- TALLAHASSEE, Fla. (UPI) -
A series of investigations is underway to determine how Florida's pension
fund became the biggest loser in the failure of Enron Corp., viewed as
the most spectacular financial collapse in the nation's history.
- The state lost $325 million in investments with the firm.
Newspaper investigations produced the disclosure that last spring, Gov.
Jeb Bush, President Bush's younger brother, held a half-hour telephone
conversation with Kenneth Lay, who was then Enron's CEO.
- The office of Democratic Attorney General Bob Butterworth
has been conducting an investigation into the scandal, and a state House
of Representatives committee was set to begin its own hearings Thursday
- Bush had responded to efforts for a meeting by Enron's
Tallahassee lobbyist, Bill Bryant, with an e-mail that said: "I'd
love to meet with Ken."
- Bush and Lay never met in person but talked on the
mostly about energy deregulation as it relates to Florida. The governor
has not mentioned deregulation in public since.
- Documents released this week under freedom of information
statutes give no indication their relationship was close.
- "Enron was the seventh-largest corporation in the
nation. They requested a meeting with the governor. They got a phone
said Katie Baur, a spokeswoman for Bush. "Nothing came of the phone
call. There's no story here."
- A number of news reports showed that Enron, its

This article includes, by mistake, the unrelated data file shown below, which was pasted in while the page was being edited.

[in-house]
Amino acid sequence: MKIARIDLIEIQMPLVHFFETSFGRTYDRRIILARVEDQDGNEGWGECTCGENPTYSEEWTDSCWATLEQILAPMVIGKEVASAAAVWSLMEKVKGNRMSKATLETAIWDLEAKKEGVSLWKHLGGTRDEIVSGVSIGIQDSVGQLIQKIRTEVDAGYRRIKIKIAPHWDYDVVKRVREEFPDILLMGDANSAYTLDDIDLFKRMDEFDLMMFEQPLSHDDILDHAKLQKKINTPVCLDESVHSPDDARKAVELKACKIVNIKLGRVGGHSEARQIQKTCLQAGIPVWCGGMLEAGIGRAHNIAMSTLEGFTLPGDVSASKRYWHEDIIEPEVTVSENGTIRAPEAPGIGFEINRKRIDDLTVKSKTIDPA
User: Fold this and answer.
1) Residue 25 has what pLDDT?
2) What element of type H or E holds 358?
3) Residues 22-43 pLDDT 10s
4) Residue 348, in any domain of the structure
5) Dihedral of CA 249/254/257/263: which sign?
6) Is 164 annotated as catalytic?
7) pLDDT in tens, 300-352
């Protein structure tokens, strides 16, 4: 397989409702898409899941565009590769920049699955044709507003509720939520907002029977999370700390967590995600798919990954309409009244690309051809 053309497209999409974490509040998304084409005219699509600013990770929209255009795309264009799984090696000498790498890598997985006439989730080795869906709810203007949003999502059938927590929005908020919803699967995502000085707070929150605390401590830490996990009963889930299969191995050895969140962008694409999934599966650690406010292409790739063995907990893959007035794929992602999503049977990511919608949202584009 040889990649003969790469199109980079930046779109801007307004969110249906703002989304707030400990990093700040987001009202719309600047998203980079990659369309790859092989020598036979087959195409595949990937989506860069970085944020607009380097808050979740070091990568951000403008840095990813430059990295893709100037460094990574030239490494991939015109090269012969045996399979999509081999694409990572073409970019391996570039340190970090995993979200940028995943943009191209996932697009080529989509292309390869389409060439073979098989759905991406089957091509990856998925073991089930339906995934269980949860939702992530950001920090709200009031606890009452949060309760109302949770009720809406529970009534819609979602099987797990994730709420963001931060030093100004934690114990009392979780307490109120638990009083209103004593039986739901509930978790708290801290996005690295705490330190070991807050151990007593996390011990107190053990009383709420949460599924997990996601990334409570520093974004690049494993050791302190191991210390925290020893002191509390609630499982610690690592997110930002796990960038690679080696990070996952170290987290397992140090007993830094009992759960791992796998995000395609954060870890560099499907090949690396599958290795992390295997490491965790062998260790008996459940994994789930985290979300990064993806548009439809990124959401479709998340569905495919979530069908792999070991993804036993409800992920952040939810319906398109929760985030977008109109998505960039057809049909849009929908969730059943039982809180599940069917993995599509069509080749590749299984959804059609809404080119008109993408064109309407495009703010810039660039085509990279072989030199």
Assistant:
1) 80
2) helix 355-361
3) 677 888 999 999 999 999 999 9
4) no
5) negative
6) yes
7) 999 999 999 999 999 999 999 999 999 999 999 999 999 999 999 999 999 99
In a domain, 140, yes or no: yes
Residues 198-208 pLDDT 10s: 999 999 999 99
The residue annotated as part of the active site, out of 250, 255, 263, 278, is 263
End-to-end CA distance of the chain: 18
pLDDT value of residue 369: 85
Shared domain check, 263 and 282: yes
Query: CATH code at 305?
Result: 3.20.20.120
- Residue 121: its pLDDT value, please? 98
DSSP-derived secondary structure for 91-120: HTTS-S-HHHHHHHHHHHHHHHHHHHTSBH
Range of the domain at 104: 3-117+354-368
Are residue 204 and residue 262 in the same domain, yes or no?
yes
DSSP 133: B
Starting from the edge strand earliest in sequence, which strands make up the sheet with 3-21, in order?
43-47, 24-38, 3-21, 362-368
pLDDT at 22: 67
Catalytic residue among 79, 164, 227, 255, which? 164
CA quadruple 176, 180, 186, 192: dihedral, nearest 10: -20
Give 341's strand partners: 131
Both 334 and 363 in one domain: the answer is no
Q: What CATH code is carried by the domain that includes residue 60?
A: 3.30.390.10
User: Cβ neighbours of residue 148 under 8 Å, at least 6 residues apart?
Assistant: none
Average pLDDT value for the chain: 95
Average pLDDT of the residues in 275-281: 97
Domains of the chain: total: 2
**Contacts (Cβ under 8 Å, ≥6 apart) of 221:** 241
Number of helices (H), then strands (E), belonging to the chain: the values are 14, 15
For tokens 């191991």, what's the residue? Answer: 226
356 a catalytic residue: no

and employees contributed about $420,000 to Florida political campaigns
from 1995 to 2001.
- An analysis by the St. Petersburg Times showed that more
than 80 percent of that went to Republicans, including $10,500 directly
to Bush. Some of the contributions to Democrats included Sens. Bob Graham
and Bill Nelson, D-Fla.
- Democrats in Florida want to focus on Alliance Capital
Management Corp., which was contracted by Florida's pension fund. They
said the company continued to invest in Enron even after there were reports
it was in trouble.
- Alliance bought 2.2 million Enron shares after Oct. 22
when it was announced the Securities and Exchange Commission was
- Alliance sold all of the 7.6 million shares it had bought
Nov. 30, two days before Enron declared bankruptcy.
- Democrats point out that one of Alliance's executives,
Frank Savage, was a board member of Enron. Alliance says Savage was not
instrumental in the purchase of the shares.
- The loss was only one-third of 1 percent of the state's
$94 billion pension fund, and officials say no employees or pensioners
will be shortchanged.
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